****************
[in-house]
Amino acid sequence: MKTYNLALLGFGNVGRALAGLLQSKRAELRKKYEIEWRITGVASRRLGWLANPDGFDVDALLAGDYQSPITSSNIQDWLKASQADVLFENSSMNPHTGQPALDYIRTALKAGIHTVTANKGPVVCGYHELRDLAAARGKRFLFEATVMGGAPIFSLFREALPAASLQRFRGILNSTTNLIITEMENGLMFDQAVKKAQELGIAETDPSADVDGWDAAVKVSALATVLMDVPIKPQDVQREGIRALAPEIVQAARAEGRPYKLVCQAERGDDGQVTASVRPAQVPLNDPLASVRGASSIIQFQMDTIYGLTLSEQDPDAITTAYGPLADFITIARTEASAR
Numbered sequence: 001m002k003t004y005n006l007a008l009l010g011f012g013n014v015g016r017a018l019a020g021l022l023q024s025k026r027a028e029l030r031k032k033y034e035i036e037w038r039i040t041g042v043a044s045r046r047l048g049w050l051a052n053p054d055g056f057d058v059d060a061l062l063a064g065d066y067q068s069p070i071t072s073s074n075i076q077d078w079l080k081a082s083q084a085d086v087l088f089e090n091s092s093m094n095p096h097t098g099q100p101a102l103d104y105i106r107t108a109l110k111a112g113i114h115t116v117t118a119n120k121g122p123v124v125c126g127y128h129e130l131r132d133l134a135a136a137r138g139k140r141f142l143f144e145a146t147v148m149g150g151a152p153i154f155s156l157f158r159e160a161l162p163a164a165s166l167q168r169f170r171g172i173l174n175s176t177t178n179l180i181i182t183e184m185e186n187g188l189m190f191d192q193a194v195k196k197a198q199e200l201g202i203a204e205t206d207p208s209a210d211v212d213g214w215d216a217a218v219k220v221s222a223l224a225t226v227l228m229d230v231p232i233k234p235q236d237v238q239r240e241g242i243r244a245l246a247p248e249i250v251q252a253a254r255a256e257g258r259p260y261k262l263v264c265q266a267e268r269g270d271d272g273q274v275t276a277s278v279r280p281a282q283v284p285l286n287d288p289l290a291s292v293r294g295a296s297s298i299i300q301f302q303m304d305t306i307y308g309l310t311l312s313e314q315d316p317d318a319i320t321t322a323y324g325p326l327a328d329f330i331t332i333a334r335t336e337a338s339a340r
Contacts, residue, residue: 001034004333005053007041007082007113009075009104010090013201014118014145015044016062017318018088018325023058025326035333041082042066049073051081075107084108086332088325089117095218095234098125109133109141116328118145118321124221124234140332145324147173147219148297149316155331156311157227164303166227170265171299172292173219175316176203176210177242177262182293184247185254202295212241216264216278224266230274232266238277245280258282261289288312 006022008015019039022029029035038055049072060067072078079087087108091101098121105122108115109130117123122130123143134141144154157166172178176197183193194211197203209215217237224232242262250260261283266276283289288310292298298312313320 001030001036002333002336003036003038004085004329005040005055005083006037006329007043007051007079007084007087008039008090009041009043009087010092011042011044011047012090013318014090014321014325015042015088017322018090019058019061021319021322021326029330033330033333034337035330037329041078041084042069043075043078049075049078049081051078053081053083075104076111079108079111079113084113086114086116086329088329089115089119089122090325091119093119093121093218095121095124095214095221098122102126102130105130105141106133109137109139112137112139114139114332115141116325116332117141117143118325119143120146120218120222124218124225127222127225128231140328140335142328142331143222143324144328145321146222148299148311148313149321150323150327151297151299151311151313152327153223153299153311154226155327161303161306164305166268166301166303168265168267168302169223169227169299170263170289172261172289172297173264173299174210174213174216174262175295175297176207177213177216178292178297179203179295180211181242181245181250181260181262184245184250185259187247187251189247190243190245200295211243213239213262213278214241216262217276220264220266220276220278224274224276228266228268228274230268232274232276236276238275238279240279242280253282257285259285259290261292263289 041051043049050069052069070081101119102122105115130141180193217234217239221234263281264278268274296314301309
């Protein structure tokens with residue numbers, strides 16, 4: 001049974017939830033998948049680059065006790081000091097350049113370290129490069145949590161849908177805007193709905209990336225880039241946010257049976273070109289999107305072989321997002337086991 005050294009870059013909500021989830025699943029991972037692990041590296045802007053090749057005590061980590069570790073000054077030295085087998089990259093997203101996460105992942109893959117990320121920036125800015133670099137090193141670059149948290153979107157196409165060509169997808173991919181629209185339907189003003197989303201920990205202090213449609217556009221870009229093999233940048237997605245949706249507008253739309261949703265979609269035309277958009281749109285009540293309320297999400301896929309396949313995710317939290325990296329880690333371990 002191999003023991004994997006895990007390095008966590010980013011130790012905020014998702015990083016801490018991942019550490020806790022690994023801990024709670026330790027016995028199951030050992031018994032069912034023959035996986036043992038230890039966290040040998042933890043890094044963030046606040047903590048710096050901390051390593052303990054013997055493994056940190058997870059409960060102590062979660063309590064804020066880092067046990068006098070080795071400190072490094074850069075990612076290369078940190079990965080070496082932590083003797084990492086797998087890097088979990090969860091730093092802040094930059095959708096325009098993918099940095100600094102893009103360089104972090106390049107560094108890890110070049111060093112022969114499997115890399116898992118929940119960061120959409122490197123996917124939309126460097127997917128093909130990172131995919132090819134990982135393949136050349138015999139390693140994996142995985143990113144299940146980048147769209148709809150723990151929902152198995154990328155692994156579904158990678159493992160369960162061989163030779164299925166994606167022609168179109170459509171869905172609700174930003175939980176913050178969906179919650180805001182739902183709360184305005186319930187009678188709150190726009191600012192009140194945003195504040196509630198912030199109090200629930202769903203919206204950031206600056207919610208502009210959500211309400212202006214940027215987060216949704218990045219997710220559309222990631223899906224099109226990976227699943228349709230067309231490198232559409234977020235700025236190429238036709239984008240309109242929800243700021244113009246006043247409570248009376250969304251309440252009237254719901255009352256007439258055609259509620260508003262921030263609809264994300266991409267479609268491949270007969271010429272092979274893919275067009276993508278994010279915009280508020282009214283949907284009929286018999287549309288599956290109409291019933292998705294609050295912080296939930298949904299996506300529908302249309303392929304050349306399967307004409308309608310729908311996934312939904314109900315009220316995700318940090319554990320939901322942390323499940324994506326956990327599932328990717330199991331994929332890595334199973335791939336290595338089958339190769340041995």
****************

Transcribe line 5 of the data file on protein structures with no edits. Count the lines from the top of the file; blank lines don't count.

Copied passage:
């Protein structure tokens with residue numbers, strides 16, 4: 001049974017939830033998948049680059065006790081000091097350049113370290129490069145949590161849908177805007193709905209990336225880039241946010257049976273070109289999107305072989321997002337086991 005050294009870059013909500021989830025699943029991972037692990041590296045802007053090749057005590061980590069570790073000054077030295085087998089990259093997203101996460105992942109893959117990320121920036125800015133670099137090193141670059149948290153979107157196409165060509169997808173991919181629209185339907189003003197989303201920990205202090213449609217556009221870009229093999233940048237997605245949706249507008253739309261949703265979609269035309277958009281749109285009540293309320297999400301896929309396949313995710317939290325990296329880690333371990 002191999003023991004994997006895990007390095008966590010980013011130790012905020014998702015990083016801490018991942019550490020806790022690994023801990024709670026330790027016995028199951030050992031018994032069912034023959035996986036043992038230890039966290040040998042933890043890094044963030046606040047903590048710096050901390051390593052303990054013997055493994056940190058997870059409960060102590062979660063309590064804020066880092067046990068006098070080795071400190072490094074850069075990612076290369078940190079990965080070496082932590083003797084990492086797998087890097088979990090969860091730093092802040094930059095959708096325009098993918099940095100600094102893009103360089104972090106390049107560094108890890110070049111060093112022969114499997115890399116898992118929940119960061120959409122490197123996917124939309126460097127997917128093909130990172131995919132090819134990982135393949136050349138015999139390693140994996142995985143990113144299940146980048147769209148709809150723990151929902152198995154990328155692994156579904158990678159493992160369960162061989163030779164299925166994606167022609168179109170459509171869905172609700174930003175939980176913050178969906179919650180805001182739902183709360184305005186319930187009678188709150190726009191600012192009140194945003195504040196509630198912030199109090200629930202769903203919206204950031206600056207919610208502009210959500211309400212202006214940027215987060216949704218990045219997710220559309222990631223899906224099109226990976227699943228349709230067309231490198232559409234977020235700025236190429238036709239984008240309109242929800243700021244113009246006043247409570248009376250969304251309440252009237254719901255009352256007439258055609259509620260508003262921030263609809264994300266991409267479609268491949270007969271010429272092979274893919275067009276993508278994010279915009280508020282009214283949907284009929286018999287549309288599956290109409291019933292998705294609050295912080296939930298949904299996506300529908302249309303392929304050349306399967307004409308309608310729908311996934312939904314109900315009220316995700318940090319554990320939901322942390323499940324994506326956990327599932328990717330199991331994929332890595334199973335791939336290595338089958339190769340041995």